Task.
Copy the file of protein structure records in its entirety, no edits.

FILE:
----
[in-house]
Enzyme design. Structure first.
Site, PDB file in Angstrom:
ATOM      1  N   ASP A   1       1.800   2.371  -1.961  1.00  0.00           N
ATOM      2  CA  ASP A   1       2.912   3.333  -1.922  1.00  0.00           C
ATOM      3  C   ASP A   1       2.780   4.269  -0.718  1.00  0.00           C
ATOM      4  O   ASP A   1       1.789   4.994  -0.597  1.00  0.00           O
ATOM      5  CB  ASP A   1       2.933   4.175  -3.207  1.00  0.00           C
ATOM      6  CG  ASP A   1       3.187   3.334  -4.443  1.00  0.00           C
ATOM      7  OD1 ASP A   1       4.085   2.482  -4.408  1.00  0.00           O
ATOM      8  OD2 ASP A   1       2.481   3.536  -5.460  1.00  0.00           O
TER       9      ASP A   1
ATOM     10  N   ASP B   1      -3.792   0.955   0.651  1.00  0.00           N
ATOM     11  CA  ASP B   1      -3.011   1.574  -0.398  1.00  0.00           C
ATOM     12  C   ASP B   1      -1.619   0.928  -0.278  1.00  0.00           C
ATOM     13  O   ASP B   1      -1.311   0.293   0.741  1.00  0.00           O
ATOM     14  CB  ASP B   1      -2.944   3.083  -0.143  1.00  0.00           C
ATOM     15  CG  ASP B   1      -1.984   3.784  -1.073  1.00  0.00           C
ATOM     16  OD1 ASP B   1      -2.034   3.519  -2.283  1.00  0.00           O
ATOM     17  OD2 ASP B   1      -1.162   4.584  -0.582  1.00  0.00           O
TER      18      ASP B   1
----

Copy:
[in-house]
Enzyme design. Structure first.
Site, PDB file in Angstrom:
ATOM      1  N   ASP A   1       1.800   2.371  -1.961  1.00  0.00           N
ATOM      2  CA  ASP A   1       2.912   3.333  -1.922  1.00  0.00           C
ATOM      3  C   ASP A   1       2.780   4.269  -0.718  1.00  0.00           C
ATOM      4  O   ASP A   1       1.789   4.994  -0.597  1.00  0.00           O
ATOM      5  CB  ASP A   1       2.933   4.175  -3.207  1.00  0.00           C
ATOM      6  CG  ASP A   1       3.187   3.334  -4.443  1.00  0.00           C
ATOM      7  OD1 ASP A   1       4.085   2.482  -4.408  1.00  0.00           O
ATOM      8  OD2 ASP A   1       2.481   3.536  -5.460  1.00  0.00           O
TER       9      ASP A   1
ATOM     10  N   ASP B   1      -3.792   0.955   0.651  1.00  0.00           N
ATOM     11  CA  ASP B   1      -3.011   1.574  -0.398  1.00  0.00           C
ATOM     12  C   ASP B   1      -1.619   0.928  -0.278  1.00  0.00           C
ATOM     13  O   ASP B   1      -1.311   0.293   0.741  1.00  0.00           O
ATOM     14  CB  ASP B   1      -2.944   3.083  -0.143  1.00  0.00           C
ATOM     15  CG  ASP B   1      -1.984   3.784  -1.073  1.00  0.00           C
ATOM     16  OD1 ASP B   1      -2.034   3.519  -2.283  1.00  0.00           O
ATOM     17  OD2 ASP B   1      -1.162   4.584  -0.582  1.00  0.00           O
TER      18      ASP B   1